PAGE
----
But then, thirty-five years of Turbo development haven't gone in vane... er, vain. Yes the variable vane geometry turbo is the only one of a kind on a petrol car and now revised, the twin turbos, a new air-intake and direct fuel injection have helped the power figure raise by 20 bhp over the previous model. What's an even bigger change is that the 3600cc boxer-six from the 996 and 997 (pre-facelift) Turbos has now been replaced by a 3800cc unit that is already pushing several Carrera versions. And, if you must know, it has become 16 per cent more efficient, which is not as interesting as the fact that between driving like my pants were on fire and cruising along to prevent a speeding ticket, I got 7.3 kpl – no kidding!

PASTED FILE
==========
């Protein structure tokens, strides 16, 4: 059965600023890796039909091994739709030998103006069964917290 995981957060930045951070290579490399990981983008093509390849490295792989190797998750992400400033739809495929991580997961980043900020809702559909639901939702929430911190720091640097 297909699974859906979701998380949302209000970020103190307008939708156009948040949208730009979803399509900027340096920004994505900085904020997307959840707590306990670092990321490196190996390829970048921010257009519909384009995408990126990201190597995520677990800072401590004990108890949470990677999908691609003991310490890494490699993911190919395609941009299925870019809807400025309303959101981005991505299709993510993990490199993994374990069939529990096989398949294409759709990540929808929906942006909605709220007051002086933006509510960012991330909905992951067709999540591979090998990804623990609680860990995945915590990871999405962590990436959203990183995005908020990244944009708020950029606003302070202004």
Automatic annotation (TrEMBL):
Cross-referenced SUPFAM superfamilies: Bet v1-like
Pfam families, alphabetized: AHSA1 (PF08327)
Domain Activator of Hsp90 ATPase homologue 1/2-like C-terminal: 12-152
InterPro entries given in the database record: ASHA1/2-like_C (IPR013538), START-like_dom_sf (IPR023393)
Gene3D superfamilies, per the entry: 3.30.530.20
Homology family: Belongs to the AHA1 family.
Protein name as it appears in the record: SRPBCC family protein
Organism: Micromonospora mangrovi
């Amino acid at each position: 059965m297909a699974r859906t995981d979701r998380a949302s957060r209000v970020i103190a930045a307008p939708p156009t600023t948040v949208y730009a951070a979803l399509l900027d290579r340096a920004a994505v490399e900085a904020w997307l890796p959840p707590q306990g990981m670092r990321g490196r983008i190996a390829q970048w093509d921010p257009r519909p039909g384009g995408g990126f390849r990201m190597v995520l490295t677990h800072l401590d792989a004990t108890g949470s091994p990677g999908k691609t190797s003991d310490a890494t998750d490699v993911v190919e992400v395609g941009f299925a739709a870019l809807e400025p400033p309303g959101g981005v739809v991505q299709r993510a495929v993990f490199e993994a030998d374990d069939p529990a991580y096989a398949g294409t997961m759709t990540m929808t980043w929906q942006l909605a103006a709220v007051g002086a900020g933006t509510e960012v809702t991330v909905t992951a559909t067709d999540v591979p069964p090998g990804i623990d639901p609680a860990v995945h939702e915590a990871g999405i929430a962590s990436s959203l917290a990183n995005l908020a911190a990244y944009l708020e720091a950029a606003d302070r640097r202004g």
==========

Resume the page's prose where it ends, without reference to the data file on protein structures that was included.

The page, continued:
So the 911 Turbo has gotten a tad civilised, which isn't a bad thing. What it does is that 90 per cent of the time it's a car that doesn't need superhuman effort to drive. Unlike the past where you needed a cape and X-ray vision before you drove one, the new Turbo has become as easy to drive as the Volkswagen Polo. Easy, and maybe a bit anaesthesised. The difference in the driving ability of this and the 2009 911 Turbo I drove in Power Play is there to be felt. With the Sports chrono pack, there's also new dynamic engine mounts that reduce the amount of drivetrain vibration that passes through the entire body, while with Porsche torque vectoring, the chances of understeer are close to nil. You seriously need to be superhuman to get this car out of shape which means going really deep down into the bowels of the best that Zuffenhausen have to offer. And on that one occasion I did.~!@#